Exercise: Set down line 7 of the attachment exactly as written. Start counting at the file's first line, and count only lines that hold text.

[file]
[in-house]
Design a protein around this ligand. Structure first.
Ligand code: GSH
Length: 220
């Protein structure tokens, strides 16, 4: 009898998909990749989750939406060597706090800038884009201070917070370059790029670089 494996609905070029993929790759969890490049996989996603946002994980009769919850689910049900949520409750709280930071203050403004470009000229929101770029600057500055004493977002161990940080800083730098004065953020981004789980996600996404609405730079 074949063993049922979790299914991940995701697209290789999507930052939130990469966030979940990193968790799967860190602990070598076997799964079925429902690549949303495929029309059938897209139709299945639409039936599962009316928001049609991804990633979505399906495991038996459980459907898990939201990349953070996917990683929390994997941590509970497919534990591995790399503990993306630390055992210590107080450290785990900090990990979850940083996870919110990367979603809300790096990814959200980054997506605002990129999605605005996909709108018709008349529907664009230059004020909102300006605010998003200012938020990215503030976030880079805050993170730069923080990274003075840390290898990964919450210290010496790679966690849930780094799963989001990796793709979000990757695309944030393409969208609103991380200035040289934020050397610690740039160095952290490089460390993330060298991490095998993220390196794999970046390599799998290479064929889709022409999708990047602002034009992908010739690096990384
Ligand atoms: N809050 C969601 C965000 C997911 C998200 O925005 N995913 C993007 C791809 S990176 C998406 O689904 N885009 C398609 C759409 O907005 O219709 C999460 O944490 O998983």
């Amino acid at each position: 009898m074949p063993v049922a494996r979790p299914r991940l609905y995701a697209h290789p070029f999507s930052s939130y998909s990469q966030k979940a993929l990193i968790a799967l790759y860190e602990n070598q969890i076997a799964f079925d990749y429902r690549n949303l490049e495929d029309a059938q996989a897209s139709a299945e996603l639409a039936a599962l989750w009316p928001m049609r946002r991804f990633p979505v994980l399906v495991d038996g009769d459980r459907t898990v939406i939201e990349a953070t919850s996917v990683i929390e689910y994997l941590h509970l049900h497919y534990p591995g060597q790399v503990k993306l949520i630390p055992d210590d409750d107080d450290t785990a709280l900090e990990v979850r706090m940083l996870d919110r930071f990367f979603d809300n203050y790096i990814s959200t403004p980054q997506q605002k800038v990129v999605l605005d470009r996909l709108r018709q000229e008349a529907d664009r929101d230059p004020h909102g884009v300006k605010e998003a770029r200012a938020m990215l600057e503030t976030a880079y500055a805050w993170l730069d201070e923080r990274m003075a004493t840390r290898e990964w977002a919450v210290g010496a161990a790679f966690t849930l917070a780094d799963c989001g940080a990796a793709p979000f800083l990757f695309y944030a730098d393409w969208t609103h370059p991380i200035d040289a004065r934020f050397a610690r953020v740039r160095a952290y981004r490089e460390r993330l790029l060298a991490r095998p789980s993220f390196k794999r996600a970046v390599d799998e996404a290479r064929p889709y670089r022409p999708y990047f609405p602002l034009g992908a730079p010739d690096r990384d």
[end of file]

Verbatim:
């Amino acid at each position: 009898m074949p063993v049922a494996r979790p299914r991940l609905y995701a697209h290789p070029f999507s930052s939130y998909s990469q966030k979940a993929l990193i968790a799967l790759y860190e602990n070598q969890i076997a799964f079925d990749y429902r690549n949303l490049e495929d029309a059938q996989a897209s139709a299945e996603l639409a039936a599962l989750w009316p928001m049609r946002r991804f990633p979505v994980l399906v495991d038996g009769d459980r459907t898990v939406i939201e990349a953070t919850s996917v990683i929390e689910y994997l941590h509970l049900h497919y534990p591995g060597q790399v503990k993306l949520i630390p055992d210590d409750d107080d450290t785990a709280l900090e990990v979850r706090m940083l996870d919110r930071f990367f979603d809300n203050y790096i990814s959200t403004p980054q997506q605002k800038v990129v999605l605005d470009r996909l709108r018709q000229e008349a529907d664009r929101d230059p004020h909102g884009v300006k605010e998003a770029r200012a938020m990215l600057e503030t976030a880079y500055a805050w993170l730069d201070e923080r990274m003075a004493t840390r290898e990964w977002a919450v210290g010496a161990a790679f966690t849930l917070a780094d799963c989001g940080a990796a793709p979000f800083l990757f695309y944030a730098d393409w969208t609103h370059p991380i200035d040289a004065r934020f050397a610690r953020v740039r160095a952290y981004r490089e460390r993330l790029l060298a991490r095998p789980s993220f390196k794999r996600a970046v390599d799998e996404a290479r064929p889709y670089r022409p999708y990047f609405p602002l034009g992908a730079p010739d690096r990384d």